Ali Littman: With the company, I would suggest to share wins. Find reasons to share your achievements. If they’re impactful, people might legitimately need to know about them. So, see if you can present at a town hall, send an all company email, etcetera. And then lastly, and all this is classic advice but write a killer self-review. This is very important in order to solidify your promotion but it should be what catalyzes it. So, it’s like your self-pitch but you should be self-promoting along the way. And this should be like the summary of all your self-promotion you’ve been doing. All right.

Ali Littman: So, last section here, growth takes a village. So, who do you have in your corner that can amplify your growth and successes? So, here, I strongly recommend finding a sponsor who can promote your work to the right leaders and give you the right opportunities. This can take many forms and often is a matter of sharing your goals with everyone and seeing who gets excited about them.

Ali Littman: Also, understand how your manager maps to executive leadership. This way, you can understand who to wow and what your manager needs to do to get you promoted and identify if there’s any communication breakdowns on how your performance is being evaluated and discussed with the promotion decision-makers. I’d also recommend just telling everyone you work with what you’re aiming for in terms of growth.

Ali Littman: Focus on experiences and feedback and the support you need. And take time to get their feedback, get their support, wow them especially if they’re an executive leadership representative. They’re the ones in the room come promotion time. All right.

Ali Littman: And then lastly, just a reminder, people really want to help you. I think we all forget this sometimes. But studies show asking for help really, really goes a long way and people are very likely to want to help. So, make meaningful connections. Ask for feedback. Ask them to amplify your good work.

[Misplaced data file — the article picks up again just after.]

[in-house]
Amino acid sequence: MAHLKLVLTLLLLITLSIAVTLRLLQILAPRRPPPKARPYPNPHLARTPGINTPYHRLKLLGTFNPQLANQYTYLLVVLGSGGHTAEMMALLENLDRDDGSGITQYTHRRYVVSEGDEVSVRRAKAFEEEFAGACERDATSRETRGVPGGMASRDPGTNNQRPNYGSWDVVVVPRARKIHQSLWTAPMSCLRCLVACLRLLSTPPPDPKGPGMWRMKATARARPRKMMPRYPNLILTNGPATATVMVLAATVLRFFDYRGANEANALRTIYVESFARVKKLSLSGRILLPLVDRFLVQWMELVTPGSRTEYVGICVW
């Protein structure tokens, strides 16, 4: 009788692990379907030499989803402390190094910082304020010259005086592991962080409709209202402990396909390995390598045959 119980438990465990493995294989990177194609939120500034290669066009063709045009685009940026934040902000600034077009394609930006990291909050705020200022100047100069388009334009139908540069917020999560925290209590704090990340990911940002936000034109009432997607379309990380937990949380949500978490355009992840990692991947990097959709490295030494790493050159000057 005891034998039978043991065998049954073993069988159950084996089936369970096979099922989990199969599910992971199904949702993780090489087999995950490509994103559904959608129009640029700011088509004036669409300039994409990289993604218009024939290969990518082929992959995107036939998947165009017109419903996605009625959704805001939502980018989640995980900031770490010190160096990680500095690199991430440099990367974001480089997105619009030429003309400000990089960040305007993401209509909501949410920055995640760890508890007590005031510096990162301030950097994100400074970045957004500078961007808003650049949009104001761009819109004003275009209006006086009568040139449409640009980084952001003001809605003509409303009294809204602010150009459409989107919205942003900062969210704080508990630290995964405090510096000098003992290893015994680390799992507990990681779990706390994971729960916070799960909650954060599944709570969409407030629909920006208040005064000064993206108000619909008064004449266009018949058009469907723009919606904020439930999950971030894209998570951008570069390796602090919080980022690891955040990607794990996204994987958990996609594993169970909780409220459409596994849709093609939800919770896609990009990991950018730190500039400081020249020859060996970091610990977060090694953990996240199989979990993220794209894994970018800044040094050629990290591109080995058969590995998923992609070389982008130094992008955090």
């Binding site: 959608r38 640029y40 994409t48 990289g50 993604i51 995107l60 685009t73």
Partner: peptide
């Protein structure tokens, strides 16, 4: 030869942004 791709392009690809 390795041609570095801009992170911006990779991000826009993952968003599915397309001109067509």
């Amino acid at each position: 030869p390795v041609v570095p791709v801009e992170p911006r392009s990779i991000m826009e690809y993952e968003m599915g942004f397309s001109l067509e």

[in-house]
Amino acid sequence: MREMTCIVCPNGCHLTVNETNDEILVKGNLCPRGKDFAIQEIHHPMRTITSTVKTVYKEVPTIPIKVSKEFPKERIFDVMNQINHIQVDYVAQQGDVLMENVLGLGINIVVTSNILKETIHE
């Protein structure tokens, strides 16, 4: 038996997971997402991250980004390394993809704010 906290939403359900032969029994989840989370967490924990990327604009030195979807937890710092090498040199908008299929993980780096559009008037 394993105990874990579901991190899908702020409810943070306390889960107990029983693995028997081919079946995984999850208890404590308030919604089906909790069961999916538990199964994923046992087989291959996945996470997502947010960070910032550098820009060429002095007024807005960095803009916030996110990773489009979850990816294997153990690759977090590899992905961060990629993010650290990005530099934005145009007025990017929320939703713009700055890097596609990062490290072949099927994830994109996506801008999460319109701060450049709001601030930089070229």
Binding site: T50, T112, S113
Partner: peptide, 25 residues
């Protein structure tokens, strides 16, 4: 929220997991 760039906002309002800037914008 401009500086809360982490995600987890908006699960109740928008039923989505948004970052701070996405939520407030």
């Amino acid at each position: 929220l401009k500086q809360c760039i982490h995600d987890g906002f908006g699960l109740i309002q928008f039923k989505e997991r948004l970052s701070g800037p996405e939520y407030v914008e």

Ali Littman: I would say also find a mentor, this is really important, both internally, externally on different topics, whatever you need, get that help, get their perspective. Also consider coaching. I’m a fan of life coaching, this really helped me clarify not necessarily that I wanted to get promoted, but exactly what I wanted out of my time, what I wanted out of work so I could ask for the right experiences that then align with my career growth.

Ali Littman: And lastly, your manager wants you to succeed. So, just my final plug, lean on your manager. They’re in your corner. They might be busy. They might actually not be doing their job or not doing their job well. So, manage them and managing your growth. And they’re going to be there for it. They will.

Ali Littman: So, I know we’re at time. So, we might need to revert to your questions via email so you can reach out to me. Find me on LinkedIn. And I’m happy to answer questions and provide support in your career growth journeys.

Sukrutha Bhadouria: Thank you so much, Ali. I was going to say you’ll see some questions on the chat and through the Q&A section, you could even choose to respond there.

Ali Littman: Okay.

Sukrutha Bhadouria: But this was really insightful for me. Even though I’ve been in the industry a long time, I feel like I learned so many new things, as well as got refreshed on all the things I should be doing as well. So, that was really, really helpful even for me. So, thank you so much.

Like what you see here? Our mission-aligned Girl Geek X partners are hiring!

Share this